Paper Clover time thru April 7
Tractor Supply Co. and the National 4-H Council have launched the Paper Clover event to raise money for youth. TSC customers through April 7 purchase a paper clover during checkout or online with a purchase. Proceeds provide scholarships for 4-H programs nationwide, where youth will learn about everything from animal care and woodworking to professional networking and civic responsibility. Over the past nine years, TSC and 4-H have raised more than $12 million. Tractor Supply in Arcadia is at 1701 E. Oak.
Learning about landscaping
If you are a gardener and you have lived anywhere else, you realize pretty quickly that Florida is different. Learning to work within Florida’s specialize ecosystems takes special measures.
In Florida we call it Florida-Friendly Landscaping. Part of the University of Florida’s Yards and Neighborhoods program, it was developed to address environmentally safe methods to landscape and maintain your yard. Florida-Friendly Landscaping is based on nine principles; most of which deals with protecting water. Although it may seems that Florida has a lot of water, it’s mainly water quality that gives us concern. You’ve probably heard of the water problems to the south in Lake Okeechobee and other coastal tributaries. Most of these problems involve algae blooms which come from nutrient overloads. These nutrient come from a lot of sources and Florida-Friendly Landscaping is designed to minimize these impacts while you create a beautiful yard.
Thursday, March 28 the University of Florida, IFAS Extension is offing a free class on Florida-Friendly Landscaping. The class is called Florida-Friendly Talk and Tour and will take place at Robbins Nursery, South in Sebring at 10 a.m. 863 402-6540, Facebook at Hometown Gardener, email at firstname.lastname@example.org.
Top 50 ag colleges
No matter the subject, being at the top of your class comes with accolades as well as bragging rights. Quacquarelli Symonds (QS) knows a thing or two about the collegiate elite and has just released its 2019 QS World University Ranking by Subject report. Among the nearly 50 different fields of focus in the report stands overachievers in agricultural education and research. (www.topuniversities.com)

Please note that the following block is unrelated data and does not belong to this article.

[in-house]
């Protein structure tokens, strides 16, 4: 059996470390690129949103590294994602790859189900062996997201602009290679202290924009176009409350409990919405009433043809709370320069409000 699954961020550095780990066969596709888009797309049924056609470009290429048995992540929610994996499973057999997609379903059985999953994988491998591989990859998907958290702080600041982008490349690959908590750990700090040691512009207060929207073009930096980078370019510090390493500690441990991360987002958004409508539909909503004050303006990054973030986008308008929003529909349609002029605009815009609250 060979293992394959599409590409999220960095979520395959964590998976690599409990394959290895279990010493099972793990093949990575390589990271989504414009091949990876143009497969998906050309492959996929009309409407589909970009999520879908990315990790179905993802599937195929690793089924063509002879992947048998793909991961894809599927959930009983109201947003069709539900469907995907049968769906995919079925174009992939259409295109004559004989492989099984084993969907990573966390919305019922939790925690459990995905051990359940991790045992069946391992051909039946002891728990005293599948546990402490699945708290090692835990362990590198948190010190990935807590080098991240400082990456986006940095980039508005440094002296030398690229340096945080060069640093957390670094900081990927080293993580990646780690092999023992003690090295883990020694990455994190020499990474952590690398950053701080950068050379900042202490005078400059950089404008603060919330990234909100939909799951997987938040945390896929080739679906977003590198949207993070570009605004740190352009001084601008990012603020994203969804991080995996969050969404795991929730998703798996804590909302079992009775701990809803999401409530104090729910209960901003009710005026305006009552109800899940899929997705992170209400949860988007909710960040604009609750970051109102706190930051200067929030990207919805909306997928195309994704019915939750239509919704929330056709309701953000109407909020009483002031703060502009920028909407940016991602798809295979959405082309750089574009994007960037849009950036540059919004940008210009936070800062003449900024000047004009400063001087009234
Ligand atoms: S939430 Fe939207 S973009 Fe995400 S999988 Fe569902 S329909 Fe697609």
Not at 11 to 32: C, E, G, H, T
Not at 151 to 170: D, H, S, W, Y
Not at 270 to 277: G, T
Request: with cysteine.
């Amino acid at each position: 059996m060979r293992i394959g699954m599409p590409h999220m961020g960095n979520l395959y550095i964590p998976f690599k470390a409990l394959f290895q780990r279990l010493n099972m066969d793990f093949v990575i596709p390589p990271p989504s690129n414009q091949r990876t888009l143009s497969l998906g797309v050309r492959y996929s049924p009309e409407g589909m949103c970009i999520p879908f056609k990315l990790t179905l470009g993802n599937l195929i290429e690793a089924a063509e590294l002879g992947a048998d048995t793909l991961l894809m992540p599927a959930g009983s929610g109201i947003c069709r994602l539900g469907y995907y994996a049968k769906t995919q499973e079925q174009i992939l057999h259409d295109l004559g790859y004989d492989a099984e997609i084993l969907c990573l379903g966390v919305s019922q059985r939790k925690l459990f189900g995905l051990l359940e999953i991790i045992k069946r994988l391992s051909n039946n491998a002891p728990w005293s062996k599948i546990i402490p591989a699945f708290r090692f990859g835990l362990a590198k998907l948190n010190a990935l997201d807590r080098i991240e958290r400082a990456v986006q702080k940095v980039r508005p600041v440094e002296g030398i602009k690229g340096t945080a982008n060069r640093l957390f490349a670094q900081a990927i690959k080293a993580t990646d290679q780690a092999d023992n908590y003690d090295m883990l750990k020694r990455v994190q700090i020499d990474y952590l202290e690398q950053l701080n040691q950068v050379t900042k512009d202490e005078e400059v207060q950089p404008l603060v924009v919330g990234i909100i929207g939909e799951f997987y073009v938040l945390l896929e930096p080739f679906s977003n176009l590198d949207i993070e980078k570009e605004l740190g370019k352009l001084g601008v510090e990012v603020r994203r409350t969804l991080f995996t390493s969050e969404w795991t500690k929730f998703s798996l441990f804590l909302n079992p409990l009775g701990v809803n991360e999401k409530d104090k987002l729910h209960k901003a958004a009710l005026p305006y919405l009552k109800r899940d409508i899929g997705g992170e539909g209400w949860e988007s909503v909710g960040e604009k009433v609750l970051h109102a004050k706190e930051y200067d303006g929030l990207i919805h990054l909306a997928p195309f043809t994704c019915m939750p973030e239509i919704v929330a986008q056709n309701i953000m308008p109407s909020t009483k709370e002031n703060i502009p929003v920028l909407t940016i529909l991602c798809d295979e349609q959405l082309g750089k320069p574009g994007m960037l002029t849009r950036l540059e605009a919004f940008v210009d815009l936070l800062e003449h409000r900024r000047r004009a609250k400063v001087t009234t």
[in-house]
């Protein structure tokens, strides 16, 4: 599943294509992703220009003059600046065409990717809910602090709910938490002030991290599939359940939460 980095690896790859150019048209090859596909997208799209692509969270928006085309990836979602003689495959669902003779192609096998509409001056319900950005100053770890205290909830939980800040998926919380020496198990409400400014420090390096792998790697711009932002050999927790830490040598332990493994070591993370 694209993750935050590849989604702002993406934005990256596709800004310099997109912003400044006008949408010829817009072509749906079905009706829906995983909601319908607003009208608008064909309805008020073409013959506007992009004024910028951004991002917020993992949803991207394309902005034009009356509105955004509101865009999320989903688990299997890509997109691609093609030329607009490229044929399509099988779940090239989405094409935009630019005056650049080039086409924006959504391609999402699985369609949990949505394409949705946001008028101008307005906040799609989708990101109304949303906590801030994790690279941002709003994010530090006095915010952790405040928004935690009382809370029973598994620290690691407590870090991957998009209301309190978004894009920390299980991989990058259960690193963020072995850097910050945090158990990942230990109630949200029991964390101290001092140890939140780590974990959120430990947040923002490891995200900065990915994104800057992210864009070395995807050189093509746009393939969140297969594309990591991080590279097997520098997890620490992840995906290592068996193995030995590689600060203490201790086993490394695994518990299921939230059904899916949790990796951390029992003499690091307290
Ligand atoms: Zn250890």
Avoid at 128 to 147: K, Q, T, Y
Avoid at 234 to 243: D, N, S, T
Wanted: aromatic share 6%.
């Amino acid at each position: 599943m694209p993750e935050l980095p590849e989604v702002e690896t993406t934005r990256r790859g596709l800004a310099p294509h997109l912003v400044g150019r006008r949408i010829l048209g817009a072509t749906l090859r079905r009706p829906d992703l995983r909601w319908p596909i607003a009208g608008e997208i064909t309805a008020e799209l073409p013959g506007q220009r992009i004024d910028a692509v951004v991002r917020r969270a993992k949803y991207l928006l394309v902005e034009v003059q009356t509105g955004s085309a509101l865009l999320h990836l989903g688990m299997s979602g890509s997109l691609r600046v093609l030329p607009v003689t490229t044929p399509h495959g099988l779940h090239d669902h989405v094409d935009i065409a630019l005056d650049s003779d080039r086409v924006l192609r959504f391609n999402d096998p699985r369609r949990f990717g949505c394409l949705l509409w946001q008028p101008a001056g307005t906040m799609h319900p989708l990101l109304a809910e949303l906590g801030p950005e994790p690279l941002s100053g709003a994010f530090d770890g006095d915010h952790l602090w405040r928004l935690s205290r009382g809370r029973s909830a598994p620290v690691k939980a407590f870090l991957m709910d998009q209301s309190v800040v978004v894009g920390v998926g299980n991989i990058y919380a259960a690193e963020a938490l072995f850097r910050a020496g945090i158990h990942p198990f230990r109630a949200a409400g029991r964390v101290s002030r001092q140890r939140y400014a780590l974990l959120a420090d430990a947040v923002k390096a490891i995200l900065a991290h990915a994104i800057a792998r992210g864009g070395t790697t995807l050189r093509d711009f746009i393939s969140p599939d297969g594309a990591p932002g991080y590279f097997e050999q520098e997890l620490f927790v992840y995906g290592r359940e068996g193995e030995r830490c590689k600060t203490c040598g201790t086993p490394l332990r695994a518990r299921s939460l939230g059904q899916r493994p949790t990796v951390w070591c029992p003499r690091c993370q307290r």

According to QS, each of the subject rankings is compiled using four components. The first two (academic reputation and employer reputation) are obtained via global surveys of academics and employers. The second two analyze research impact based on research citations per paper and h-index in the relevant subject. These are sourced from Elsevier’s Scopus database.
This is the seventh year the London-based education marketing and networking firm has compiled rankings specifically for Agriculture & Forestry. For the last three years, Wageningen University in the Netherlands earned the No. 1 spot in Agriculture & Forestry. Top honors for the report’s first three years went to University of California, Davis.
Paul Rusnak is the Senior Managing Online Editor for Florida Grower, American Vegetable Grower, American Fruit Grower and Greenhouse Grower magazines
Something fishy around here
Established in 1979, Florida Fish Farms, Inc. is 40 miles west of Orlando. (www.floridafishfarms.com)
Q: I already have bass in my pond. Will it improve fishing if I stock more fingerlings?
A: Generally not. If you already have significant numbers of predators in your pond, the odds are that most of your newly stocked fingerlings will be eaten. Also, the addition of adult fish may increase the numbers, but it rarely increases the standing crop. The amount of fish a body of water can support is generally dependent upon the availability of food.
Q: Will the government stock my pond for free?
A: Not in Florida.
Q: I’d like to purchase some game fish for my aquarium. Is this legal?
A: Not in Florida.
Q: Do you recommend stocking tilapia in my pond?
A: No. Although they can provide excellent forage for bass, they can also overpopulate a pond. In addition, they are temperature sensitive and may not survive in the northern part of Florida.
H-2A adverse-wage lawsuit tossed